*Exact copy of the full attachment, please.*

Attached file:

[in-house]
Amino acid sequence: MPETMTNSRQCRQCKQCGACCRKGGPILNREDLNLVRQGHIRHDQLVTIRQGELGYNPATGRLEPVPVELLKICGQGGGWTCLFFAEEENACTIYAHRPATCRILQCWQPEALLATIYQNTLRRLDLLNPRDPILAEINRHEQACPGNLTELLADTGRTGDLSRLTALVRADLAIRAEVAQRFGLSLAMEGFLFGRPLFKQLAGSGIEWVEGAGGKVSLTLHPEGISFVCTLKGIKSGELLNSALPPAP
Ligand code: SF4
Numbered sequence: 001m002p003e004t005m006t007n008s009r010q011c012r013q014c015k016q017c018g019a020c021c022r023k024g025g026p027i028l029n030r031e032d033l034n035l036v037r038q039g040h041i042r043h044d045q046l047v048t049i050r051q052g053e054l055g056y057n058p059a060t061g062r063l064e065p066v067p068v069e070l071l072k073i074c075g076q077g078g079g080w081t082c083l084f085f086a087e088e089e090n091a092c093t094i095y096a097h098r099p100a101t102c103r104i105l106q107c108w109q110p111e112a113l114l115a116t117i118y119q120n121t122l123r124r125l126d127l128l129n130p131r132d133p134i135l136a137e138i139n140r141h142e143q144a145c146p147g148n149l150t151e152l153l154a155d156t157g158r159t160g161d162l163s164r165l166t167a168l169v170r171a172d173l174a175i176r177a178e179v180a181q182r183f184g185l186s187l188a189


[in-house]
Amino acid sequence: MPETMTNSRQCRQCKQCGACCRKGGPILNREDLNLVRQGHIRHDQLVTIRQGELGYNPATGRLEPVPVELLKICGQGGGWTCLFFAEEENACTIYAHRPATCRILQCWQPEALLATIYQNTLRRLDLLNPRDPILAEINRHEQACPGNLTELLADTGRTGDLSRLTALVRADLAIRAEVAQRFGLSLAMEGFLFGRPLFKQLAGSGIEWVEGAGGKVSLTLHPEGISFVCTLKGIKSGELLNSALPPAP
Ligand code: SF4
Numbered sequence: 001m002p003e004t005m006t007n008s009r010q011c012r013q014c015k016q017c018g019a020c021c022r023k024g025g026p027i028l029n030r031e032d033l034n035l036v037r038q039g040h041i042r043h044d045q046l047v048t049i050r051q052g053e054l055g056y057n058p059a060t061g062r063l064e065p066v067p068v069e070l071l072k073i074c075g076q077g078g079g080w081t082c083l084f085f086a087e088e089e090n091a092c093t094i095y096a097h098r099p100a101t102c103r104i105l106q107c108w109q110p111e112a113l114l115a116t117i118y119q120n121t122l123r124r125l126d127l128l129n130p131r132d133p134i135l136a137e138i139n140r141h142e143q144a145c146p147g148n149l150t151e152l153l154a155d156t157g158r159t160g161d162l163s164r165l166t167a168l169v170r171a172d173l174a175i176r177a178e179v180a181q182r183f184g185l186s187l188a189